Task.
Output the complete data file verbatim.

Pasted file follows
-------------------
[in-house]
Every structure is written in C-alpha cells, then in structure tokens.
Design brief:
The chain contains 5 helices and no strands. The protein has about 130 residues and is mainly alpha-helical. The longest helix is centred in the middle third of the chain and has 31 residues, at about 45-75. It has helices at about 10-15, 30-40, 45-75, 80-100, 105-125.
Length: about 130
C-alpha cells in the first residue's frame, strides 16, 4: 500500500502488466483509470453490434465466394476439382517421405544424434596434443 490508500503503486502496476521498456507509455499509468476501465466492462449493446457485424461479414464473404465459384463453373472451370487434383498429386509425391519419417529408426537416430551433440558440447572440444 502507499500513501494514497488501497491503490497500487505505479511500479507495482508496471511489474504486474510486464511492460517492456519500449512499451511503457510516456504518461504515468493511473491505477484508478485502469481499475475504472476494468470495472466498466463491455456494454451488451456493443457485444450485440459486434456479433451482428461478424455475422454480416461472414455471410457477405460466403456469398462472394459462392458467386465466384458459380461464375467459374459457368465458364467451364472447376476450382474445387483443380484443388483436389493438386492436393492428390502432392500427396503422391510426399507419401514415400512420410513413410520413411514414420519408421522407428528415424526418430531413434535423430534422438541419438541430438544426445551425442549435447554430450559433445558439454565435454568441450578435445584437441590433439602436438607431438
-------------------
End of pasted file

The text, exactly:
[in-house]
Every structure is written in C-alpha cells, then in structure tokens.
Design brief:
The chain contains 5 helices and no strands. The protein has about 130 residues and is mainly alpha-helical. The longest helix is centred in the middle third of the chain and has 31 residues, at about 45-75. It has helices at about 10-15, 30-40, 45-75, 80-100, 105-125.
Length: about 130
C-alpha cells in the first residue's frame, strides 16, 4: 500500500502488466483509470453490434465466394476439382517421405544424434596434443 490508500503503486502496476521498456507509455499509468476501465466492462449493446457485424461479414464473404465459384463453373472451370487434383498429386509425391519419417529408426537416430551433440558440447572440444 502507499500513501494514497488501497491503490497500487505505479511500479507495482508496471511489474504486474510486464511492460517492456519500449512499451511503457510516456504518461504515468493511473491505477484508478485502469481499475475504472476494468470495472466498466463491455456494454451488451456493443457485444450485440459486434456479433451482428461478424455475422454480416461472414455471410457477405460466403456469398462472394459462392458467386465466384458459380461464375467459374459457368465458364467451364472447376476450382474445387483443380484443388483436389493438386492436393492428390502432392500427396503422391510426399507419401514415400512420410513413410520413411514414420519408421522407428528415424526418430531413434535423430534422438541419438541430438544426445551425442549435447554430450559433445558439454565435454568441450578435445584437441590433439602436438607431438